Theocracy meets dodgy science

If you go to court in the US on any issues to do with abortion or IVF you might end up confronting a judge who decides your case on his personal theocratic beliefs or one who relies on dodgy science.

Recently the Alabama chief justice, Tom Parker, who ruled that embryos are ‘extrauterine children’, gave a clear example of the theocratic foundation of his thinking when he said: “The people of Alabama have declared the public policy of this State to be that unborn human life is sacred. We believe that each human being, from the moment of conception, is made in the image of God, created by Him to reflect His likeness … [they] have required us to treat every human being in accordance with the fear of a holy God who made them in his image.”

In April last year another judge, Matthew Kacsmaryk, in Texas this time, ruled to suspend the FDA’s two decades’ long approval of the medication abortion drug mifepristone, saying he would suspend the FDA’s two-decade-old approval. He paused the ruling so the federal government can appeal which the FDA has done with the support of Joe Biden.

Kacsmaryk cited three studies when he ruled that the drug be taken off the market. Two argued that that the drug causes a burden on the public health system and the third surveyed Florida abortion providers linking them to malpractice and disciplinary issues.

Nature (27/2) reported that the publisher, Sage, has now retracted two of the papers as well as the third on Florida abortion providers. Subsequent investigation showed that one of the peer reviewers who evaluated the three papers for Sage was affiliated with an anti-abortion organisation.

Sage was alerted to the problem by Chris Adkins, a pharmaceutical scientist from South University in Savannah Geogia, who came across the Sage papers which claimed mifepristone-induced abortions caused elevated incidence of emergency-room (ER) visits compared to surgical abortions.

He told Nature: “I found issues in the paper that I felt compelled to reach out to the journal” given the decision’s impact.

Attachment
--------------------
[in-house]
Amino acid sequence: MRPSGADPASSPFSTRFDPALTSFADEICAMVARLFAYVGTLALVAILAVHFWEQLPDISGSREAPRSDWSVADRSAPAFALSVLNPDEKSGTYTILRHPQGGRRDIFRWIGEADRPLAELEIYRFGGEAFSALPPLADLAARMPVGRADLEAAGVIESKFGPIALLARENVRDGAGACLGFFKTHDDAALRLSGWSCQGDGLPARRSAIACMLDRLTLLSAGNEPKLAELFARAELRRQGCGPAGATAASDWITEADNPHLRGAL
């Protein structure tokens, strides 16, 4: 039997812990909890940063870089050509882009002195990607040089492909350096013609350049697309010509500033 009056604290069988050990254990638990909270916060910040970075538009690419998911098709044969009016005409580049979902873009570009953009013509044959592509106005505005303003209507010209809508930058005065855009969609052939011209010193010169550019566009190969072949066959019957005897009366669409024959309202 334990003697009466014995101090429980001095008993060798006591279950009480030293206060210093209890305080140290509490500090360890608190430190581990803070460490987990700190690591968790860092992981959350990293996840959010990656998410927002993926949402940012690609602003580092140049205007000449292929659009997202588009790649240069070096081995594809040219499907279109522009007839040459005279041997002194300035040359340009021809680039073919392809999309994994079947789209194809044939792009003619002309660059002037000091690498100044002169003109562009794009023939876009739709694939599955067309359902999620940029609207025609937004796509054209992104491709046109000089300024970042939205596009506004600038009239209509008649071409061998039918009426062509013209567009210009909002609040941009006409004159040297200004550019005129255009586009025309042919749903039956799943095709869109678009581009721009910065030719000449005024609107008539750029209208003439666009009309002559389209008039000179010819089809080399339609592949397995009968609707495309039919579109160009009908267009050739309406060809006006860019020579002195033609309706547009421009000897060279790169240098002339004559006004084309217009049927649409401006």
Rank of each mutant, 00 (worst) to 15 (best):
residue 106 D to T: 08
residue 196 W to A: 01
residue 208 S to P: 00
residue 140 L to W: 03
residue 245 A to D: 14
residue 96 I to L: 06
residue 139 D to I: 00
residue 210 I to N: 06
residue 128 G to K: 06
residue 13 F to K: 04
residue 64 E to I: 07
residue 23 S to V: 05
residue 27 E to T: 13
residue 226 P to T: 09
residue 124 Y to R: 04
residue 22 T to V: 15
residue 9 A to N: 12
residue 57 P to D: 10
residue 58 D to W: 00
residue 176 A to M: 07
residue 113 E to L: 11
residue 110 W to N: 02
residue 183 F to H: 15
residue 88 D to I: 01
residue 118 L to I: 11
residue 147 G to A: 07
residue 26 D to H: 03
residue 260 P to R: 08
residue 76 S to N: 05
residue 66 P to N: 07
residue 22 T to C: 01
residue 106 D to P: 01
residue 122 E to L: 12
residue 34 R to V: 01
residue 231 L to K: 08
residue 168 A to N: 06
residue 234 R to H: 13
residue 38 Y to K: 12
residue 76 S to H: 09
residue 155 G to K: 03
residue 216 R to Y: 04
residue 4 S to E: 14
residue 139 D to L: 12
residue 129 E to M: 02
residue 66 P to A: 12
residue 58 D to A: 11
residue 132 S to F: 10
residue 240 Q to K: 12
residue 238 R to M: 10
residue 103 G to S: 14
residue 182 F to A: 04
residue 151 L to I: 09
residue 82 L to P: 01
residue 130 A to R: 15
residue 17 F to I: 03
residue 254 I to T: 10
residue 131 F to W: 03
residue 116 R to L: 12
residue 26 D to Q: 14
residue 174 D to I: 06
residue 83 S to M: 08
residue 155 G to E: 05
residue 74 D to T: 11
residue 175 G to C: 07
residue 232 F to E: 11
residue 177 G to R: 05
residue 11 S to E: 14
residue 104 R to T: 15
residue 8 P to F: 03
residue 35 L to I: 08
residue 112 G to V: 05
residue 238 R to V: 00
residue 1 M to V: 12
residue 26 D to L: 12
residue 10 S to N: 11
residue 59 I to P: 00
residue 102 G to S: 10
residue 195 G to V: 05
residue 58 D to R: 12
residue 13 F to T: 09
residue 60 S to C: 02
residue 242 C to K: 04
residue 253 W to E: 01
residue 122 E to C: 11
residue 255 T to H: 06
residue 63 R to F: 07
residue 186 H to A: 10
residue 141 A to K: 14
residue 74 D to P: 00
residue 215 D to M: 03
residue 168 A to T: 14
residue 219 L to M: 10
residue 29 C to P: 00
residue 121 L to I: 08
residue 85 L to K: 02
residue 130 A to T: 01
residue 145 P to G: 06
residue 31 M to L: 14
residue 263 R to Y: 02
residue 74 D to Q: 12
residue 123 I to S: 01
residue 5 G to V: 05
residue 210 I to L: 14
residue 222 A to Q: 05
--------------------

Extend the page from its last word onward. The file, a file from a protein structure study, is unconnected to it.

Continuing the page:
James Studnicki, lead author of three of the papers and director of data analytics at the Charlotte Lozier Institute in Arlington Virginia (which describes itself as a pro-life organisation) said there was “no legitimate reason for Sage’s retractions.”

Nature reported that other anti-abortion researchers have threatened lawsuits against publishers who question their research. Chelsea Polis, an epidemiologist, cited as an example a meta-analysis in the British Journal of Psychiatry pointing out concerns about methods used in the paper.

Nature said that many scholars, including Polis and her colleagues, have published letters pointing out concerns about the methods used in the paper, which concluded that there’s an increased risk of mental-health problems after an abortion.

Polis has also been sued because of a complaint she lodged that led to a paper retraction. She told Nature that legal threats discourage academics from speaking out about problematic papers. “At least in my field of sexual and reproductive health I don’t feel compelled to action. At present there is a lot of risk in taking on this kind of work, and very few advantages.”

Nature also said that an internal panel of investigation by the BMJ recommended that a paper by Priscilla Coleman, a psychologist retired from Bowling Green State University, should be retracted. Coleman threatened legal action after she was told the paper was being investigated.

The whole sorry affair represents a much bigger problem. While the right wingers constantly argue they are being silenced, attack ‘wokeness’ and ban books from schools and libraries (even dictionaries in Florida) they deploy legal strategies, arguable research and claims of victimhood to promote their views while silencing others.

Science has often been politically controversial in the US and Australia with the most egregious example being the long disinformation campaigns about climate change.

Fortunately, in Australia most of them don’t end up in court and when they do it is very, very rare that the courts are as controversial as the US Supreme Court has become.

But some of these legal issues about journal articles on abortion will end up in the US Supreme Court and it would be unwise to assume the Supreme Court won’t decide the issue on anything other than ideological grounds.

As Americans used to say with pride – only in America- and now much of the rest of the world says it with rueful ironic intent.

On the other hand, every new development on the abortion front as shown by the reaction to the US Supreme Court’s decision on Roe v Wade, costs Republicans votes.

But don’t despair – there is yet more good news. US Science magazine reports that University of Pennsylvania climate scientist, Michael Mann, was awarded more than $US1 million in a lawsuit against bloggers who accused him of scientific misconduct in inflammatory terms, likening his treatment of data to what a noted child molester did to children.

Mann is famous for his 1998 ‘hockey stick’ paper, which reported a sharp increase in global temperatures after the Industrial Revolution.

John Spitzer brought the Nature and Mann papers to the blog’s attention.